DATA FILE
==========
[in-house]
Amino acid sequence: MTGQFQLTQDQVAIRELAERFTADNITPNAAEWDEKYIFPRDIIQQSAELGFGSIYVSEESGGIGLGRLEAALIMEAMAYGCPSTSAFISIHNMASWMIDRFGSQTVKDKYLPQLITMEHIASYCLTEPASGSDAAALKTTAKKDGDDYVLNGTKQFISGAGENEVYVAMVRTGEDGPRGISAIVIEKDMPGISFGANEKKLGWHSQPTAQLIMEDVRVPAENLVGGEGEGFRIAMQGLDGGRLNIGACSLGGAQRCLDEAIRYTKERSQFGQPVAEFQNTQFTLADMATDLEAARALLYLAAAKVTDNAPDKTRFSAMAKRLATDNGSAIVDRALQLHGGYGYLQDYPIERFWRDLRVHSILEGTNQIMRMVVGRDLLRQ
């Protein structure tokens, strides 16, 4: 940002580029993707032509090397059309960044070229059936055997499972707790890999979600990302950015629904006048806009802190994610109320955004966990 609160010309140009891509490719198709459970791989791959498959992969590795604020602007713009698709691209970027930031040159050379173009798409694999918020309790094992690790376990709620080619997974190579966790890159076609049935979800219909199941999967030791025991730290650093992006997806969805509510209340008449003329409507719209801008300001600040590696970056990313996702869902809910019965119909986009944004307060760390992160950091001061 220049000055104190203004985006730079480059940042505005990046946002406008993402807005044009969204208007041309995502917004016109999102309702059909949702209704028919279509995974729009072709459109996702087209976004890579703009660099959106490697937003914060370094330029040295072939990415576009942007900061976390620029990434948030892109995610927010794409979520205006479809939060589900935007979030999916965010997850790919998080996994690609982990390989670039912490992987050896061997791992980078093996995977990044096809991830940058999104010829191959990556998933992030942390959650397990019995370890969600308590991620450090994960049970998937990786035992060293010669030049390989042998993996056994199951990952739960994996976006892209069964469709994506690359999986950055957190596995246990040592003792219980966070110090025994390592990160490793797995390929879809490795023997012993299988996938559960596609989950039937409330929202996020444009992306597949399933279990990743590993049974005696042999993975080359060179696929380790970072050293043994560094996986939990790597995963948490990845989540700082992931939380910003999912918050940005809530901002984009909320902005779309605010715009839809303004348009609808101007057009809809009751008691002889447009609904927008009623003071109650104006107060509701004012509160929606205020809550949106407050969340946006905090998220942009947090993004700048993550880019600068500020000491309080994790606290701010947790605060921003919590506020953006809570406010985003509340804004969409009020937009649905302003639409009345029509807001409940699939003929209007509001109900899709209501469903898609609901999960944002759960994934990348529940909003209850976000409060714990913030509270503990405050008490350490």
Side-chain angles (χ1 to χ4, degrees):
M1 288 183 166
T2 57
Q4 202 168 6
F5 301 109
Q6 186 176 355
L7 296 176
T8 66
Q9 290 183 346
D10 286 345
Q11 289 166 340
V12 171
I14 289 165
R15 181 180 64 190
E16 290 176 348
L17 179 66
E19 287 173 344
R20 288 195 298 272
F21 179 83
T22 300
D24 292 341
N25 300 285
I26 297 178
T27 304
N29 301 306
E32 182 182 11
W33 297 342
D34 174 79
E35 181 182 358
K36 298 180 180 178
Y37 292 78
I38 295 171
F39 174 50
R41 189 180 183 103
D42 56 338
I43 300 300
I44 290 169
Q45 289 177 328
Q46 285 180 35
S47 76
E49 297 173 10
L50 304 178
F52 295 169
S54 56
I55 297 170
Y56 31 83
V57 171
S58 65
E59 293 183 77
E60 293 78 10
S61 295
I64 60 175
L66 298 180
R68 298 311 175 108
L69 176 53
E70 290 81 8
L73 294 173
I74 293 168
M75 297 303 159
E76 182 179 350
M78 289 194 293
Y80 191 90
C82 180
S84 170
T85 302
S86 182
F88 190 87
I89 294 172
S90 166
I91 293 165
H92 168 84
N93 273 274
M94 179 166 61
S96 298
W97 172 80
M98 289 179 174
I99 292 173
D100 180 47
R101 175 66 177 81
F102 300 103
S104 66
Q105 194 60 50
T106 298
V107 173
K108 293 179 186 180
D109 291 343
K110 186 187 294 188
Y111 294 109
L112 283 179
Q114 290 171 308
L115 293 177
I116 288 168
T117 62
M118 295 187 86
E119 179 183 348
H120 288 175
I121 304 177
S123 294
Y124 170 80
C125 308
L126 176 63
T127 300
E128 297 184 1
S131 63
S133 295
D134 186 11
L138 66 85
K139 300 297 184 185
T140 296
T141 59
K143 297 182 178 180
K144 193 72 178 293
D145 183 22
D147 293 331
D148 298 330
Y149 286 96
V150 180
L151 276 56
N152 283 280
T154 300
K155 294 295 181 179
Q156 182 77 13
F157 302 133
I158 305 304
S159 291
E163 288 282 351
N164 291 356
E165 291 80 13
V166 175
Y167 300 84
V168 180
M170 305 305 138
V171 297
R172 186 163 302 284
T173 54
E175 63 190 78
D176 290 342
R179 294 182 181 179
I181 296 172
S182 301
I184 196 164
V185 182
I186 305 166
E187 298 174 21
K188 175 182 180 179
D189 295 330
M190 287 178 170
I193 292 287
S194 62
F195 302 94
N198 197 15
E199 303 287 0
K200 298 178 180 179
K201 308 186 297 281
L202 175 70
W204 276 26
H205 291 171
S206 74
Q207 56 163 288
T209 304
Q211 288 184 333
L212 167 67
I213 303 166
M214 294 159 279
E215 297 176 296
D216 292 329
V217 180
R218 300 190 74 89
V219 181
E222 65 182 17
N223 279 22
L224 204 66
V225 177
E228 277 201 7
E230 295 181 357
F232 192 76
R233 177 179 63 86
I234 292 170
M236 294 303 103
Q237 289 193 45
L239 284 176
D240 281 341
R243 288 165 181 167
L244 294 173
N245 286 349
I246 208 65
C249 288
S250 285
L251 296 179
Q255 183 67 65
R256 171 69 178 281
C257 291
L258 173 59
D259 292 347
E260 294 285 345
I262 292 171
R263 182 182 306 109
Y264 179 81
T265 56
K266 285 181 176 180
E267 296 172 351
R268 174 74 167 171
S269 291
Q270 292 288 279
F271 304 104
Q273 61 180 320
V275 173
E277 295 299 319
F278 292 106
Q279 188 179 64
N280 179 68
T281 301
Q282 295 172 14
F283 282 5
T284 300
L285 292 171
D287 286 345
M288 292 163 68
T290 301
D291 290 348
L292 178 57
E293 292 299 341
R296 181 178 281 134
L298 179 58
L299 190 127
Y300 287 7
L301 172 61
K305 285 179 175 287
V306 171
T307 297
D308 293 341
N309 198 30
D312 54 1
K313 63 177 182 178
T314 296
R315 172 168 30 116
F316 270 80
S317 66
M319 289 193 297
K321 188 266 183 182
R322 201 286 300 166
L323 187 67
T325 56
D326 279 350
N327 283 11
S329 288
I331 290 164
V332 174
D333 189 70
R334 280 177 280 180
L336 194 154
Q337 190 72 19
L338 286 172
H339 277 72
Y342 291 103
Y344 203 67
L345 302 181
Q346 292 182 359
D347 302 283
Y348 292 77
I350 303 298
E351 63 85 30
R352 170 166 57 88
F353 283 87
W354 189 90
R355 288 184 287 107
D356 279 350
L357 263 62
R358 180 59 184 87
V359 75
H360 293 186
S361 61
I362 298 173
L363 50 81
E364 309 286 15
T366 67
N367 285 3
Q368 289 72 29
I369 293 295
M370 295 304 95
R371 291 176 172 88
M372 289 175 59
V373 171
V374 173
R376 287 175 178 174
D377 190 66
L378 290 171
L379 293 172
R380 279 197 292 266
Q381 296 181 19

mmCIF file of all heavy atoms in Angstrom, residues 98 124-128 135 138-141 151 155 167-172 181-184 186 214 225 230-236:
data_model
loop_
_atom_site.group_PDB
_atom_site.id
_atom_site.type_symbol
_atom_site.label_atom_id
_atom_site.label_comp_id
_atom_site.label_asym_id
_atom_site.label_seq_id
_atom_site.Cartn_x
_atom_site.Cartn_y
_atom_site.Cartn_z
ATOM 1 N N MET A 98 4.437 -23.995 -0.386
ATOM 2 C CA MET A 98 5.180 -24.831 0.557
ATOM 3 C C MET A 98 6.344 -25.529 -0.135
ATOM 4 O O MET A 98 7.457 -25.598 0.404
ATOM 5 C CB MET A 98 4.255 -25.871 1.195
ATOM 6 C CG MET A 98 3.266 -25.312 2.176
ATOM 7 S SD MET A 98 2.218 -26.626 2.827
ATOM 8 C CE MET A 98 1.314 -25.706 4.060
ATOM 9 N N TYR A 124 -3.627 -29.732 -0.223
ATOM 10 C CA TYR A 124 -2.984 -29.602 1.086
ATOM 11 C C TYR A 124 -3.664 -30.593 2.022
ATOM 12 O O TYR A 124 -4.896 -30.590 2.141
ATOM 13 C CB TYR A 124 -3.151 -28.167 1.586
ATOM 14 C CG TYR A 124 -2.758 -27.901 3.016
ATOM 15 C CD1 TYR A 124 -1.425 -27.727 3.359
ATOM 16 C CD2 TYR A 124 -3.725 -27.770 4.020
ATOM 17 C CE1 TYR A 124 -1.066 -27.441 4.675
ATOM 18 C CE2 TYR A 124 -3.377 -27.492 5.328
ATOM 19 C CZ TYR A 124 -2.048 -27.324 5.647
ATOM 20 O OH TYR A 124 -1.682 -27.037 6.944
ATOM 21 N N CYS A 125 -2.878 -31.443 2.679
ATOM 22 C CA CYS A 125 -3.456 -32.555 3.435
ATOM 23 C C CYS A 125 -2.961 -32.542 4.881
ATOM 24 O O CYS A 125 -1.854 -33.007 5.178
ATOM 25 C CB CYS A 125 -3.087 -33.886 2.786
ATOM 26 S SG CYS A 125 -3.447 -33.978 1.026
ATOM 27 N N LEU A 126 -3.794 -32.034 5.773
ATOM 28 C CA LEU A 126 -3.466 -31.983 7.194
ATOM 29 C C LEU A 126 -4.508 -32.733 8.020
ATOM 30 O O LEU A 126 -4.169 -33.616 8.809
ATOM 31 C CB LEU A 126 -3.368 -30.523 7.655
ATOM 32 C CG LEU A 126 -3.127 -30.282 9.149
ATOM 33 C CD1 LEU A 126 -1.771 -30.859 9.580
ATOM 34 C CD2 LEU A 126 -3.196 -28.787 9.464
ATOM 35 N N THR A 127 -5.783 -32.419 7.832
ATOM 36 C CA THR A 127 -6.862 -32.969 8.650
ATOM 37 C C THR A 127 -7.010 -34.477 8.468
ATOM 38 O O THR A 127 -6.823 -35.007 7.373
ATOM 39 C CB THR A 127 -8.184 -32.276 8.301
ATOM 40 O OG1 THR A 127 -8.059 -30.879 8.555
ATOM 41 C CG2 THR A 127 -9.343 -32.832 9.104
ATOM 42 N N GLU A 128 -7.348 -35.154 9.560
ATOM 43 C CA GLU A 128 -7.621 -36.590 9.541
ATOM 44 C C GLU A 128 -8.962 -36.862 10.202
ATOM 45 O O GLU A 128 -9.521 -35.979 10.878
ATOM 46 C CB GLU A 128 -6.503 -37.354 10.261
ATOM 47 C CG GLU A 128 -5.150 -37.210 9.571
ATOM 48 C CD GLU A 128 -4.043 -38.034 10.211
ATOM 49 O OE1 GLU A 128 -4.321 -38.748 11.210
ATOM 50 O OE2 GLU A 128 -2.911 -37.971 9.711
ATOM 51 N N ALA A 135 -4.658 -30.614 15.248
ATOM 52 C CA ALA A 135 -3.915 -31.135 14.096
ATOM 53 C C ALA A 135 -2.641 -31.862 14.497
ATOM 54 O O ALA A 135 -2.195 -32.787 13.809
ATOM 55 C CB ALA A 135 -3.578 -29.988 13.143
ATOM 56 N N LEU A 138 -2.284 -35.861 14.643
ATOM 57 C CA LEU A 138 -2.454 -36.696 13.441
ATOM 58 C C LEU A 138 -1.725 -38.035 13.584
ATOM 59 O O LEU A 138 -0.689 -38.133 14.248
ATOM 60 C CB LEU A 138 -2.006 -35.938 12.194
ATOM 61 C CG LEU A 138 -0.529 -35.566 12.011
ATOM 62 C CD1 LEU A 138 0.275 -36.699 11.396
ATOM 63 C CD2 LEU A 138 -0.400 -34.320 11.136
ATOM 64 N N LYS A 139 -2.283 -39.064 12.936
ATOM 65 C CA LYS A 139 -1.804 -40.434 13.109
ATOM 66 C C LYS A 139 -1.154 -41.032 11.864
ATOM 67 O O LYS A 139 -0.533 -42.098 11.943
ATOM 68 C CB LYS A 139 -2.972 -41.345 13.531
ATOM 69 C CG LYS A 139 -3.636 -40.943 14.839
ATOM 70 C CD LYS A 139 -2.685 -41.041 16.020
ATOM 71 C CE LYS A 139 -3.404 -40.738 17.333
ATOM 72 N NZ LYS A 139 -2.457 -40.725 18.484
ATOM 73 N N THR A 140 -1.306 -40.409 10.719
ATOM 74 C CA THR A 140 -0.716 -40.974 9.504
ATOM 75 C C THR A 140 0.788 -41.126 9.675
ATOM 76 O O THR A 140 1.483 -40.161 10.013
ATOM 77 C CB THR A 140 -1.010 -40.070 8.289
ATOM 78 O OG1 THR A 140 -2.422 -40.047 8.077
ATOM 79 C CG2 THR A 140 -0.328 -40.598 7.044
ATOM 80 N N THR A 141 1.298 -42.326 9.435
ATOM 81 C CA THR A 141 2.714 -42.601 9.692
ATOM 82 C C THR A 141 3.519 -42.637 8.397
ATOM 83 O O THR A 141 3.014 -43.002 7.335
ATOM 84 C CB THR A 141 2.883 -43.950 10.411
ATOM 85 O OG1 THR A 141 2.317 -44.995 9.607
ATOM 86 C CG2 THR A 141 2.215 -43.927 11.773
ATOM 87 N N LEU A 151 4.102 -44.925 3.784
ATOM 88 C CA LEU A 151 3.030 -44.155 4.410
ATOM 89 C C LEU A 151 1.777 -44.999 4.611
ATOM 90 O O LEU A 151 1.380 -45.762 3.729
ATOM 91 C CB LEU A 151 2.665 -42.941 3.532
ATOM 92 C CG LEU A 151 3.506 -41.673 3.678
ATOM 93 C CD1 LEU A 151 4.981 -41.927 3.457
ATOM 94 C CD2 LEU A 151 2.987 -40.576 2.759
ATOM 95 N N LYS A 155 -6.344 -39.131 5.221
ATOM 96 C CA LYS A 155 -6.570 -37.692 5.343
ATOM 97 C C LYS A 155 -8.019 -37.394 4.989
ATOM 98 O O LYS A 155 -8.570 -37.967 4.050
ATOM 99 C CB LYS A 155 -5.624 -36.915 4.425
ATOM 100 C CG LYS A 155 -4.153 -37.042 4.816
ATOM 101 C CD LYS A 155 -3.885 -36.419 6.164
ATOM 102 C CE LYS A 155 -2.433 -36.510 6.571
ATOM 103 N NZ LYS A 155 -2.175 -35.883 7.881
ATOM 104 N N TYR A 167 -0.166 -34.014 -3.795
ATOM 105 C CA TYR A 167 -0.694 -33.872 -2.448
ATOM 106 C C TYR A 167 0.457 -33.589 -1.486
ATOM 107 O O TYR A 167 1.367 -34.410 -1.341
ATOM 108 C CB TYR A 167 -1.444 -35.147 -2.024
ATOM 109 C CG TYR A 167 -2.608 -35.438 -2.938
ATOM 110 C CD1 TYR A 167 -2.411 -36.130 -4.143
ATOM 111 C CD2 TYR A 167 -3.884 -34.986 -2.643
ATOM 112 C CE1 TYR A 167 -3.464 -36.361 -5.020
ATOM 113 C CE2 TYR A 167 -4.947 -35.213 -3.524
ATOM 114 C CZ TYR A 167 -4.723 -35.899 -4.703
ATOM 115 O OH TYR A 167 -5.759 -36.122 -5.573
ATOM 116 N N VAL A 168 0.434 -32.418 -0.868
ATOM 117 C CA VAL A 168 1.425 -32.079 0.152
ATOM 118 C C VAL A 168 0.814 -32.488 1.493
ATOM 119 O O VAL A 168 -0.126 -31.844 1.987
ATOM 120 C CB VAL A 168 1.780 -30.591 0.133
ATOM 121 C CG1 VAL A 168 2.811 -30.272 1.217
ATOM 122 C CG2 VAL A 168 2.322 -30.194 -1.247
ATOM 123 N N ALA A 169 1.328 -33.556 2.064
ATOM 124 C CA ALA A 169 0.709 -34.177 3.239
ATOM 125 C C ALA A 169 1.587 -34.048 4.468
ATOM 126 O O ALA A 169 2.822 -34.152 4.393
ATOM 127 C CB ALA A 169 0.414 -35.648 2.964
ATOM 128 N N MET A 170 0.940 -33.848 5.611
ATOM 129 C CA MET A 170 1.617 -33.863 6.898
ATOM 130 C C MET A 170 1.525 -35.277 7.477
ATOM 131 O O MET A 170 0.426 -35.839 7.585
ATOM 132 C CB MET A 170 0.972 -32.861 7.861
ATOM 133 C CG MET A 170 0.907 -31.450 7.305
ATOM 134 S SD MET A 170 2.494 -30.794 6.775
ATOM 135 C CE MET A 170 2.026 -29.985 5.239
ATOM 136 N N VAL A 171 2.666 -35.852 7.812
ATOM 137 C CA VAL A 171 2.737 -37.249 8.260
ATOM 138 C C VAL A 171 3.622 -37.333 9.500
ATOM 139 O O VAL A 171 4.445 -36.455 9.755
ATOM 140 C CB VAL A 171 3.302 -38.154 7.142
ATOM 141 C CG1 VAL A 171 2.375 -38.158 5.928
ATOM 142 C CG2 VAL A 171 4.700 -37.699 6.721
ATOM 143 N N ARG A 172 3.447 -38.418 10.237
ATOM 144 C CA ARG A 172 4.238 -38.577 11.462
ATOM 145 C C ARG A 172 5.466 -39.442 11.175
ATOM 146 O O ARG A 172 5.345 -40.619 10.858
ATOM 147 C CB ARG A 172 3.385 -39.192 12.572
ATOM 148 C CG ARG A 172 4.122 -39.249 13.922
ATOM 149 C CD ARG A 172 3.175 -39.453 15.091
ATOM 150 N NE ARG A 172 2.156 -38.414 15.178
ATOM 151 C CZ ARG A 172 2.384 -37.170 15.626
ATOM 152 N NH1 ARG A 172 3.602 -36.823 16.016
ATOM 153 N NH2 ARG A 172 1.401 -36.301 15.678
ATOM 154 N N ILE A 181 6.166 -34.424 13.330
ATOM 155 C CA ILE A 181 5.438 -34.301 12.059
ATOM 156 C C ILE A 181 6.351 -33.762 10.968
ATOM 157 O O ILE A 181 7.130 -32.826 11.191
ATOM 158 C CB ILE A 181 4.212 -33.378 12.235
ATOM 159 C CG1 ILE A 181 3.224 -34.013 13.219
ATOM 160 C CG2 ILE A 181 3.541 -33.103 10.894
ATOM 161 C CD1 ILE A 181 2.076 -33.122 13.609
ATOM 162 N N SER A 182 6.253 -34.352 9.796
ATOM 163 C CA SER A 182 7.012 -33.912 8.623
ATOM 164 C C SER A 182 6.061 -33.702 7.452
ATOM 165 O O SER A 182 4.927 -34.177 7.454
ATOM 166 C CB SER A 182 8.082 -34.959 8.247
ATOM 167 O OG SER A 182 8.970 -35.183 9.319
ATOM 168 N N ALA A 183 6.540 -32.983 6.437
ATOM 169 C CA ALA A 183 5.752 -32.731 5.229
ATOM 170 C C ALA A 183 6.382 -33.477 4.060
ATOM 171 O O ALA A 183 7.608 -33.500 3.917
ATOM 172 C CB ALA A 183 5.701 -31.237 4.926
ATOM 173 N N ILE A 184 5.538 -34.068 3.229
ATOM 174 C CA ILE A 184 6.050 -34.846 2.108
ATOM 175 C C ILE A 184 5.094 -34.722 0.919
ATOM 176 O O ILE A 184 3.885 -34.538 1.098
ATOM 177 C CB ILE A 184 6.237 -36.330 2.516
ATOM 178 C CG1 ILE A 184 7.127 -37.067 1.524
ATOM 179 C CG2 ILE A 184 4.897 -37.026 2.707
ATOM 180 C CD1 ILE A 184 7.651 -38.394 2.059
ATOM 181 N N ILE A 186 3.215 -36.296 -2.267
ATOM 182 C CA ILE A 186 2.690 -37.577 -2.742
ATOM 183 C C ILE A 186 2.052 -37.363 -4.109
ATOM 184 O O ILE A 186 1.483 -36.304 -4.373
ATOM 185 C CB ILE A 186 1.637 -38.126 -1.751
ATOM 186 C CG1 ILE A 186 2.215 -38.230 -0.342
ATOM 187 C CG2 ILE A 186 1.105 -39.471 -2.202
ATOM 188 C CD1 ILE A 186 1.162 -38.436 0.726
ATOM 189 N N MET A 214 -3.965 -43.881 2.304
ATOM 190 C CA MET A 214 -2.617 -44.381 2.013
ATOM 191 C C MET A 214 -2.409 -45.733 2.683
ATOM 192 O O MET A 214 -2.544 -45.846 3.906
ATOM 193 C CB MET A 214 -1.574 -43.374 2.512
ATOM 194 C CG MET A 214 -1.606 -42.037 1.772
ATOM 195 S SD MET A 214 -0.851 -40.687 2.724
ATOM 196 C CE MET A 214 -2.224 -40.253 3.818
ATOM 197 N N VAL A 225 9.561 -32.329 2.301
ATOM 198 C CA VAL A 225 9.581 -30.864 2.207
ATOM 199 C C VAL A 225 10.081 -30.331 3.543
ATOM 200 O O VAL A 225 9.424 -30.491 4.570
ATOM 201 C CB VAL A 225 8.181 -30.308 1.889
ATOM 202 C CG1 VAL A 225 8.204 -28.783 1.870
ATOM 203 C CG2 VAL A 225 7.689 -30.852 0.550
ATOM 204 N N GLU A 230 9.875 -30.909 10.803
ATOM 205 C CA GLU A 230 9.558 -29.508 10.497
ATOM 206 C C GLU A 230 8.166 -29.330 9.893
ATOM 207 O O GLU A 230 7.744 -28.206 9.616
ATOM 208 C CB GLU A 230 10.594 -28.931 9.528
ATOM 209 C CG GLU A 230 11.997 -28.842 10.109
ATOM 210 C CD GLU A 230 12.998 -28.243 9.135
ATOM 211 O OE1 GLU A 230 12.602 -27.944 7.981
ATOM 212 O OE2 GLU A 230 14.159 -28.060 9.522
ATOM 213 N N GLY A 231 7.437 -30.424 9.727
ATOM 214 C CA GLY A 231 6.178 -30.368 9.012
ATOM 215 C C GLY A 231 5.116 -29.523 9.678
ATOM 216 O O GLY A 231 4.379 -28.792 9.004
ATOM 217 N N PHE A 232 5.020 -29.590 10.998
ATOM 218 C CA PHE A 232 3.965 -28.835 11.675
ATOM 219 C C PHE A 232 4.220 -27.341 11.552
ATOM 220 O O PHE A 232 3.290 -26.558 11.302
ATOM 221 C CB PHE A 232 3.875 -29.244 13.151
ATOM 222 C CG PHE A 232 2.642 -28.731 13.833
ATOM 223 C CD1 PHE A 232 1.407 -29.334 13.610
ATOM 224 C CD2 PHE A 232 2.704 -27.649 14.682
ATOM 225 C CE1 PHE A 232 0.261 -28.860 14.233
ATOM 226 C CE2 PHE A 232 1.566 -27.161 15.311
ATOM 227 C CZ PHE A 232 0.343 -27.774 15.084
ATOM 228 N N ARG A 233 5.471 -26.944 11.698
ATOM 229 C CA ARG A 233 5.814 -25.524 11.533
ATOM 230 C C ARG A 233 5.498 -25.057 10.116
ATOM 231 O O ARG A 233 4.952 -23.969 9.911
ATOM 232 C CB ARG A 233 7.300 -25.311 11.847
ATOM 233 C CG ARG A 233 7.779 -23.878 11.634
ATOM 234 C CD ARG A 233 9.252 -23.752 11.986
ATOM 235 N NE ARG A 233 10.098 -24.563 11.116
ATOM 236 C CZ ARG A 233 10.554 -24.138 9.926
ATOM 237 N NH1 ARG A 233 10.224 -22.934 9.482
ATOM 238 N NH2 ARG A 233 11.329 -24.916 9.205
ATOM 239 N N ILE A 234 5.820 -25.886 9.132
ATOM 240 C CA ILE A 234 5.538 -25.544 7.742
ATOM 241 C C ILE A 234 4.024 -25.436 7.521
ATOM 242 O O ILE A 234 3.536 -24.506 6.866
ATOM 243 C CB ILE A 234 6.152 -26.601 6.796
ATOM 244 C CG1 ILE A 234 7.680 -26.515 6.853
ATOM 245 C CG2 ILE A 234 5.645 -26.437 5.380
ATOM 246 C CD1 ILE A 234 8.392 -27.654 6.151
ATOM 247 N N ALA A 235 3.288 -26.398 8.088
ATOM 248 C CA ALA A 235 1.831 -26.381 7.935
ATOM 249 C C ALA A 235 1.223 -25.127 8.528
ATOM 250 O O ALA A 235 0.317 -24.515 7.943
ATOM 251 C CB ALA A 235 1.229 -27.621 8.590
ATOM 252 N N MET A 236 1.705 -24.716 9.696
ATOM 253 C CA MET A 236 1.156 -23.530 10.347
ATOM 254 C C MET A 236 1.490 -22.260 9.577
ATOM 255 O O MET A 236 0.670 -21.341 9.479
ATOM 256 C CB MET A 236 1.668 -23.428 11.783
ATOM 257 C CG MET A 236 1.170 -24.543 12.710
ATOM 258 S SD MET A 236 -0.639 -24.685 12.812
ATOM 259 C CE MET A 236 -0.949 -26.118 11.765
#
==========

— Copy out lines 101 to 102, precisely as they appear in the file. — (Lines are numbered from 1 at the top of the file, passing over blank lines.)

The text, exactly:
S123 294
Y124 170 80